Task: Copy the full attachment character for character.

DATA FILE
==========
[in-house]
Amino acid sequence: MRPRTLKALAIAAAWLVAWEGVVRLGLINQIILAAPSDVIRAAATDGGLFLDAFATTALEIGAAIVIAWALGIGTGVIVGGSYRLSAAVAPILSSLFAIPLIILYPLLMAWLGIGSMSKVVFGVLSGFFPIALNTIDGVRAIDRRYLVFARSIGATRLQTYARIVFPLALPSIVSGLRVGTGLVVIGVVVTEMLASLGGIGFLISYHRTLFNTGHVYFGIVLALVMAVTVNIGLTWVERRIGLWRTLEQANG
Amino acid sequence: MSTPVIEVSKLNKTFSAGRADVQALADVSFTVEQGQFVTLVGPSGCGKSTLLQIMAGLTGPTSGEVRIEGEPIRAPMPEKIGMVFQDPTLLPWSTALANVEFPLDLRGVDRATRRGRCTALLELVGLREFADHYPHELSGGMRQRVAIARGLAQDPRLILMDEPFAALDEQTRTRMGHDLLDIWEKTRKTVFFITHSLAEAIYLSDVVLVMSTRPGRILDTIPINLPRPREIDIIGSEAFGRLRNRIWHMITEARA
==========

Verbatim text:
[in-house]
Amino acid sequence: MRPRTLKALAIAAAWLVAWEGVVRLGLINQIILAAPSDVIRAAATDGGLFLDAFATTALEIGAAIVIAWALGIGTGVIVGGSYRLSAAVAPILSSLFAIPLIILYPLLMAWLGIGSMSKVVFGVLSGFFPIALNTIDGVRAIDRRYLVFARSIGATRLQTYARIVFPLALPSIVSGLRVGTGLVVIGVVVTEMLASLGGIGFLISYHRTLFNTGHVYFGIVLALVMAVTVNIGLTWVERRIGLWRTLEQANG
Amino acid sequence: MSTPVIEVSKLNKTFSAGRADVQALADVSFTVEQGQFVTLVGPSGCGKSTLLQIMAGLTGPTSGEVRIEGEPIRAPMPEKIGMVFQDPTLLPWSTALANVEFPLDLRGVDRATRRGRCTALLELVGLREFADHYPHELSGGMRQRVAIARGLAQDPRLILMDEPFAALDEQTRTRMGHDLLDIWEKTRKTVFFITHSLAEAIYLSDVVLVMSTRPGRILDTIPINLPRPREIDIIGSEAFGRLRNRIWHMITEARA